Saturday, May 19, 2007

Three Little Words

May 19, 2007

In the new movie Georgia Rule, the stern mother played by Jane Fonda is confronted by her dysfunctional daughter (Felicity Hoffman).

"You never said you loved me."

Fonda's retort, "Well, my parents never said it."

"And you knew they did how?"

"I didn't."

This must be as unfathomable to a person in his or her 40's as it would have been unfathomable to our parents that they should constantly reassure us with those three little words. I couldn't help but think Ms. Fonda connected with the line through experiences with her own father, whom she almost seemed to be channeling in her performance in this wonderful little film.

I have always been astonished to hear grown women choked up because their fathers never told them they loved them. My father never did. My mother never did either -- although I know she took it upon herself to reassure my little brother, and often, that my father loved him. I suppose he had confided in her that he suspected that our father didn't love him -- but I wonder how he could possibly have believed it, coming from her. Why didn't she tell Daddy to say it? Did she? Did he actually refuse? All those scenarios are possible.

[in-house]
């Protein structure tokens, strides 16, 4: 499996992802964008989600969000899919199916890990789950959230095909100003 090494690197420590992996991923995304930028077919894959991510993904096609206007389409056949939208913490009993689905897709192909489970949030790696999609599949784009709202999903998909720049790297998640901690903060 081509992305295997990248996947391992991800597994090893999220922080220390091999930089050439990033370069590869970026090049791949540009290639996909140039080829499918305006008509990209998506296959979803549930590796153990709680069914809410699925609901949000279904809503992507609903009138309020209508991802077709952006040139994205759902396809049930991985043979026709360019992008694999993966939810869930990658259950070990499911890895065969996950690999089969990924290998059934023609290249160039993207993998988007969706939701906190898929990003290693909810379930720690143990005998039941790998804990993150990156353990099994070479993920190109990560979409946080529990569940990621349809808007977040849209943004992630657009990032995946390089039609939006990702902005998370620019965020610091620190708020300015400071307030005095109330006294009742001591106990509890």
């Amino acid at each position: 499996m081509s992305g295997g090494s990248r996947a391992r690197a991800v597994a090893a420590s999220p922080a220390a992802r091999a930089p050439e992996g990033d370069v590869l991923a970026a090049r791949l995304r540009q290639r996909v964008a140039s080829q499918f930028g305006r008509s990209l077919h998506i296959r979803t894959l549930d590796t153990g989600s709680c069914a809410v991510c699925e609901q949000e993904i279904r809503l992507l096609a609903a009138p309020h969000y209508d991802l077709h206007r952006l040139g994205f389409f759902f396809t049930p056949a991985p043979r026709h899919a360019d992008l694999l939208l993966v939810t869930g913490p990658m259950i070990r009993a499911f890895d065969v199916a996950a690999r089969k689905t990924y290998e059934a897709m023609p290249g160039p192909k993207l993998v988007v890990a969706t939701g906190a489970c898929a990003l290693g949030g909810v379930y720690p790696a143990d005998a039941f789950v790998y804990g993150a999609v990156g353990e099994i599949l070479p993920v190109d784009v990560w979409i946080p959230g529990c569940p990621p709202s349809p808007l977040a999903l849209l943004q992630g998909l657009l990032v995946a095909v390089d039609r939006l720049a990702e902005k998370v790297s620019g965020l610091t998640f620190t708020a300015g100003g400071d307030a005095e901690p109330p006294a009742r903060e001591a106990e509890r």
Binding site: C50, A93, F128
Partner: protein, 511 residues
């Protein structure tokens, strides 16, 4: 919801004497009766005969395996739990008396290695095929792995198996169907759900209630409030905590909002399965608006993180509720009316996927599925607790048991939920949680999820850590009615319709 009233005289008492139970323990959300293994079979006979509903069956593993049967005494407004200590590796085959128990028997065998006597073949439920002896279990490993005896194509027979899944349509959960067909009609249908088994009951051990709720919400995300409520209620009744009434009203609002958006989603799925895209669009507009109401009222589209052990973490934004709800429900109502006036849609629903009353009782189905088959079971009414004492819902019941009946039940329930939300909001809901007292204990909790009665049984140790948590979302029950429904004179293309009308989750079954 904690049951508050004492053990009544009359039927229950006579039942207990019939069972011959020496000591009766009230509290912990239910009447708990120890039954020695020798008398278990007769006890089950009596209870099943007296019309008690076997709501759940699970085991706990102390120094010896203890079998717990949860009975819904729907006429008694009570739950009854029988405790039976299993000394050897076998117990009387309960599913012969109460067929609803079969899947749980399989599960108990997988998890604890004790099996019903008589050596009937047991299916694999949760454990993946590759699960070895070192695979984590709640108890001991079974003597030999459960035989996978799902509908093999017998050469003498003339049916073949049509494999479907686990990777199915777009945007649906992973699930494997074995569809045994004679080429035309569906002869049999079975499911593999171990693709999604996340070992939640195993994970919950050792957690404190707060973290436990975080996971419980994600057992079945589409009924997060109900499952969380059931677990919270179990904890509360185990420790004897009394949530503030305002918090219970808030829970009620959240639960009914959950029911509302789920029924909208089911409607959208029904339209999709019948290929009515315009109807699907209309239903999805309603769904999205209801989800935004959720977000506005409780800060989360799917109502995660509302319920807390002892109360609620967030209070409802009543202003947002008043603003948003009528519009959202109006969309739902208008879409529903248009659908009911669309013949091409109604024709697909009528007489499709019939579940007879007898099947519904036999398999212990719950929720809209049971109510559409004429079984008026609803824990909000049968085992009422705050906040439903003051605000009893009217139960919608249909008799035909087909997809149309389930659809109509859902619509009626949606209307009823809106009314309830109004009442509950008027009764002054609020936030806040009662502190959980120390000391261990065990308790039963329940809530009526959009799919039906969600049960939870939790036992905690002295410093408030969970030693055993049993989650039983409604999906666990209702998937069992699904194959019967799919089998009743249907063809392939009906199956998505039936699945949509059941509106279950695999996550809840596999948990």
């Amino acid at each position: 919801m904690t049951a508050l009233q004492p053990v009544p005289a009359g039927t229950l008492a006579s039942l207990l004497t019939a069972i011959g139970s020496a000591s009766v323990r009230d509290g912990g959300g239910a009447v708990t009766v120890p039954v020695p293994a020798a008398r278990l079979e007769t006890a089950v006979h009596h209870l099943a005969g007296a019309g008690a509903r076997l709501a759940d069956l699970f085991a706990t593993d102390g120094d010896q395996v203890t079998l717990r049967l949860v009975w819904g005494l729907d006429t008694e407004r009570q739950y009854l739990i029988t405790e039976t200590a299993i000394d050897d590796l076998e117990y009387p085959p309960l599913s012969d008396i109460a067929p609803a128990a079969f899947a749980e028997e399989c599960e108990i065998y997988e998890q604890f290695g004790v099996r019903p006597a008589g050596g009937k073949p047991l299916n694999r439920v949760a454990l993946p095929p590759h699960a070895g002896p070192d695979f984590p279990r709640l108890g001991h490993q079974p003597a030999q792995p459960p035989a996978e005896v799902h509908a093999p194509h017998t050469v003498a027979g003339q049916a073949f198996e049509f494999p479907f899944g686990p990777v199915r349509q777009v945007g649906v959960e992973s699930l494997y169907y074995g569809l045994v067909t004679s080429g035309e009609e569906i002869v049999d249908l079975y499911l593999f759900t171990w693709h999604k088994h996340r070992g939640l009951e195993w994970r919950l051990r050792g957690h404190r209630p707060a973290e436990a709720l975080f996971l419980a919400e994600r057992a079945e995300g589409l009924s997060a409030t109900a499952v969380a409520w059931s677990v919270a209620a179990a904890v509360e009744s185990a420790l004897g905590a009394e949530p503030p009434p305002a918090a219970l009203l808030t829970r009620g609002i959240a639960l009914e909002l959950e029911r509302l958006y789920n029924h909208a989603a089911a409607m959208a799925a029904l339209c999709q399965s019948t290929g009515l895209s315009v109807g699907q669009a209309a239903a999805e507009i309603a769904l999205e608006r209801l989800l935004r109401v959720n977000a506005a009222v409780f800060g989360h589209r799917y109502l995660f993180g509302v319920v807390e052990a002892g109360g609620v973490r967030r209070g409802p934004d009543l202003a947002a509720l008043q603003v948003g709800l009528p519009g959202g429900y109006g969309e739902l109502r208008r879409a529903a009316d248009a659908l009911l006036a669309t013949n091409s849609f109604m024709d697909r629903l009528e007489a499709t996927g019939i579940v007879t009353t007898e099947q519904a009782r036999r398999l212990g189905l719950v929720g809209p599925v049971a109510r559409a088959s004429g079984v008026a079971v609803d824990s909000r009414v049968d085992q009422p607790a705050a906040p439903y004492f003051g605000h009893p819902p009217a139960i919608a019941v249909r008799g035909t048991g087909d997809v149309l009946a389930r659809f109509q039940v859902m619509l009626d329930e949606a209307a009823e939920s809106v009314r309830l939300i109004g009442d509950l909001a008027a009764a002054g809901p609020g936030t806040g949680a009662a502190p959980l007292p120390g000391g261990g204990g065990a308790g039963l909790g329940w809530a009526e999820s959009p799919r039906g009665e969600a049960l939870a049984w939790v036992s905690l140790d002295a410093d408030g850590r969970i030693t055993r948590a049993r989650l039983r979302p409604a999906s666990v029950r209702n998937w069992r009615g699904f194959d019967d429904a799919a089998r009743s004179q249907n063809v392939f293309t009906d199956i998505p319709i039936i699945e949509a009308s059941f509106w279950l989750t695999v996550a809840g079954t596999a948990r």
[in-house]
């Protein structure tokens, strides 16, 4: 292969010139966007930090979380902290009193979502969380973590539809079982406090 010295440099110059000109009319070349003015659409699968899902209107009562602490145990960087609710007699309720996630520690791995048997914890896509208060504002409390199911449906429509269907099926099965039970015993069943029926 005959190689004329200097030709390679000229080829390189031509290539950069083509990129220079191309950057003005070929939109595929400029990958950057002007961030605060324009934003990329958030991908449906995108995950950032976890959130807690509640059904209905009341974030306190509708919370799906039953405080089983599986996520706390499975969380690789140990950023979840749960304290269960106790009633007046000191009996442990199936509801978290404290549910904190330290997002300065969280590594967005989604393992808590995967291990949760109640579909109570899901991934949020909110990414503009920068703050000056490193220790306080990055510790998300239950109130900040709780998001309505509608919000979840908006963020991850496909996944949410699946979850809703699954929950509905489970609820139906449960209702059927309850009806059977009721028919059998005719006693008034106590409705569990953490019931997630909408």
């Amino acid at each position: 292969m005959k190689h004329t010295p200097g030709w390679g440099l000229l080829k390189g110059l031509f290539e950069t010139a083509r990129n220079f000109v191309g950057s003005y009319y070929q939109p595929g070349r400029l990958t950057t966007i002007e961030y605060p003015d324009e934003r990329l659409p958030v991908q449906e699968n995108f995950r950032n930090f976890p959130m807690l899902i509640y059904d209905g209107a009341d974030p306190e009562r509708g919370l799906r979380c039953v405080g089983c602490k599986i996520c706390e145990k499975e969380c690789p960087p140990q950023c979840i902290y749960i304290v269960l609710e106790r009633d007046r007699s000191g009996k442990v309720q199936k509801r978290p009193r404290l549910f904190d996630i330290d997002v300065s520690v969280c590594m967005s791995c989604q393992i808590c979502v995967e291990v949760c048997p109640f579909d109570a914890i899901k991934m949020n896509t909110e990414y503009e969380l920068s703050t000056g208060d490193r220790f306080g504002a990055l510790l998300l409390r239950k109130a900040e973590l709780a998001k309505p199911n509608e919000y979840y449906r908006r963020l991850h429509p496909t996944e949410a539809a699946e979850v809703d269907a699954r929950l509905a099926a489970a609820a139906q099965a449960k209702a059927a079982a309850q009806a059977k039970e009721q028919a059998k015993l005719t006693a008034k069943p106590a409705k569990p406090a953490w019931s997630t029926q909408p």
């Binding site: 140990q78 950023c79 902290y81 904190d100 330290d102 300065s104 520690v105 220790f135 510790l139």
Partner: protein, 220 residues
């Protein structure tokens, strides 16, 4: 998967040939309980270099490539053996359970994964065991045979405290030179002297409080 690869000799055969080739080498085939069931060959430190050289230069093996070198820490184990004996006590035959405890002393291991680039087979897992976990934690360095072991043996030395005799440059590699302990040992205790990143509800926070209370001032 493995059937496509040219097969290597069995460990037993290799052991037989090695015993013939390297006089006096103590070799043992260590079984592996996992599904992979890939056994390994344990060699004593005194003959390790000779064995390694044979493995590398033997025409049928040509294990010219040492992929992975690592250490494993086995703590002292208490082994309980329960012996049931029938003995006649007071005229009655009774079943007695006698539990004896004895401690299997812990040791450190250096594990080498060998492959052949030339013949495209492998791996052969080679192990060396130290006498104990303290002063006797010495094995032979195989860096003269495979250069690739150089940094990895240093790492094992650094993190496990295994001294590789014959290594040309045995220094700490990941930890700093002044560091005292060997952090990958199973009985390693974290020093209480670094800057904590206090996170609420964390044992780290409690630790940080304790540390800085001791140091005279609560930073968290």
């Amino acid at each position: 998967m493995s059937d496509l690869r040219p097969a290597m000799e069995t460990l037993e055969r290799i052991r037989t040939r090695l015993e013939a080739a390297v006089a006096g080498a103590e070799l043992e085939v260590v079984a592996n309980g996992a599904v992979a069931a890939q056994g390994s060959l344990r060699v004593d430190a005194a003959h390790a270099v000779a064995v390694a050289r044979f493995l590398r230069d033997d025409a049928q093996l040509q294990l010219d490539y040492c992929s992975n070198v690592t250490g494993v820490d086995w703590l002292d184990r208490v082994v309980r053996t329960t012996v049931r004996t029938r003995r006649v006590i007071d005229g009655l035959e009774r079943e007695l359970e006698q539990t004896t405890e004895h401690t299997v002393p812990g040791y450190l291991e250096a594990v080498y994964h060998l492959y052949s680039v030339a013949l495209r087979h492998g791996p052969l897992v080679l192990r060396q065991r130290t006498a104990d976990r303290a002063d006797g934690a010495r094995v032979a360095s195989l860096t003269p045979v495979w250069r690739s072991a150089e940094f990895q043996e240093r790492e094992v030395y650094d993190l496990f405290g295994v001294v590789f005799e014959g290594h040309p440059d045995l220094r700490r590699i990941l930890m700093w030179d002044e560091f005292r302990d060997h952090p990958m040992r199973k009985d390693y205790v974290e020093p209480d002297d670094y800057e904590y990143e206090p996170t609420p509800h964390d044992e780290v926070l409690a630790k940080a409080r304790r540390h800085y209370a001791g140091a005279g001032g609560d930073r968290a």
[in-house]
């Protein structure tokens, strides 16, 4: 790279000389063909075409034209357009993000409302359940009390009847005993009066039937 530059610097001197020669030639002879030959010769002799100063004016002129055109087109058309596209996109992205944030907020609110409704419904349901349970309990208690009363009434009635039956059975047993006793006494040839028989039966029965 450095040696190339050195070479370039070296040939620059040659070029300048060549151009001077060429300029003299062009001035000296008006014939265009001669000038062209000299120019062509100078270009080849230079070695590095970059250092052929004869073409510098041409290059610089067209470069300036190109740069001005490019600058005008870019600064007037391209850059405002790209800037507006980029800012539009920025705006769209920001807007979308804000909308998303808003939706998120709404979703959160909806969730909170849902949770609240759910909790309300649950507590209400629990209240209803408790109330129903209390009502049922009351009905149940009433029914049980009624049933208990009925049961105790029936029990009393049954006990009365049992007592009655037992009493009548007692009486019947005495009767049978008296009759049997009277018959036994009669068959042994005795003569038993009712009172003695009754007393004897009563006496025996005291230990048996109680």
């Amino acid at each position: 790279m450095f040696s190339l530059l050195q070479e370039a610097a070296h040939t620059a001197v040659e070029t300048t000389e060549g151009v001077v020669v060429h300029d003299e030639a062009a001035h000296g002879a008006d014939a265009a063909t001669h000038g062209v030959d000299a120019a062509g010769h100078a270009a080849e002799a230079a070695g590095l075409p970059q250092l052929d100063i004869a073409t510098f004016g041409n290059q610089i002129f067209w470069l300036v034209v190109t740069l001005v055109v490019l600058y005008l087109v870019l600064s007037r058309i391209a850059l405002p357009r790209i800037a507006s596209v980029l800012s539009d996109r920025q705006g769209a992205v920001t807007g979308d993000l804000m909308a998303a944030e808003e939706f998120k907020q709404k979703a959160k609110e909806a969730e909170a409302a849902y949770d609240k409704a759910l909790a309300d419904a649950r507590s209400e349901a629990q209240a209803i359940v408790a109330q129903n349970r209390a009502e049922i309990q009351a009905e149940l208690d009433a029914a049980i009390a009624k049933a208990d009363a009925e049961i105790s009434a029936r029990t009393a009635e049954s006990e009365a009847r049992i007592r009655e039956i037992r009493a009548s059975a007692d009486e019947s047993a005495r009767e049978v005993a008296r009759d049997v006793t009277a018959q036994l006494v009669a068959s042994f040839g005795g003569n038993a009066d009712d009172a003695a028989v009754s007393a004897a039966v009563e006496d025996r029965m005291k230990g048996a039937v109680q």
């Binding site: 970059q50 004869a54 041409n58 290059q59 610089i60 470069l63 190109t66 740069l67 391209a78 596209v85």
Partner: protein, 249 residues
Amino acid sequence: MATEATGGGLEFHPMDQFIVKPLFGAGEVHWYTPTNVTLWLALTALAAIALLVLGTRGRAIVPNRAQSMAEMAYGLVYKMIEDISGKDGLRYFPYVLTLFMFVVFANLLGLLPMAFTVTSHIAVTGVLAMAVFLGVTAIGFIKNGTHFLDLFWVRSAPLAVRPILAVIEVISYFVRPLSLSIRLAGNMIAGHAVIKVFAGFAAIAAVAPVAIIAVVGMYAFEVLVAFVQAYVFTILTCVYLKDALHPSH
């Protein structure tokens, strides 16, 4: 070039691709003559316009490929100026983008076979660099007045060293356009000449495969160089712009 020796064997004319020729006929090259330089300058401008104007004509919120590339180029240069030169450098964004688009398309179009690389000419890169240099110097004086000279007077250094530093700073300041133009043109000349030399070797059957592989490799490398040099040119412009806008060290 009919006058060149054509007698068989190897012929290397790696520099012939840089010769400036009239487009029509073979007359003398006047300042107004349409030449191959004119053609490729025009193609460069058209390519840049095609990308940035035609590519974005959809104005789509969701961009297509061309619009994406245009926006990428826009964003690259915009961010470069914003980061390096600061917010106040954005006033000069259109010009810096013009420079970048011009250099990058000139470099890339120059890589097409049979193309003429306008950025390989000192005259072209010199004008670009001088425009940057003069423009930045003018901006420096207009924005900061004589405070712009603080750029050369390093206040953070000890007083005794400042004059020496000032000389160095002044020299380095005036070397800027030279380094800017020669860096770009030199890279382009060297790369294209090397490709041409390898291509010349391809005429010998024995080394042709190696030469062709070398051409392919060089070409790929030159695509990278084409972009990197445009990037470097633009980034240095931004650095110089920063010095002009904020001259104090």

The most loving person in my family, our surrogate grandmother (actually our mother's aunt), clearly loved all us children deeply. But I never heard her say it.

How did we know it, then?

When I remember that little lady with her long white hair wrapped neatly in a bun at the nape of her neck, when I remember the sparkle in her brown eyes and the sound of her solicitous and gentle voice, when I cherish the memory of her bringing stacks of comic books to us, those cast off by her younger brothers -- in their 70's -- her wicked smile when she said things like "I like Buck Jones, don't you?" -- even the minor memories of her make me feel enveloped in warmth. I remember her cooking, her generosity, her pleasant and optimistic way of embracing life, her old-fashioned, churchgoing ways, and I know the love I felt was going both ways.

I think you "know" love through other means than auditory. Saying "I love you" doesn't mean you never have to say you're sorry. It doesn't even mean you love. Hearing someone say it when it's clearly felt at the moment -- and it's the moment you want to hear it -- is a high point in life, unforgettable and even cataclysmic. It cannot be beckoned or begged into existence. But I have lived through enough relationships to promise you this: It does happen.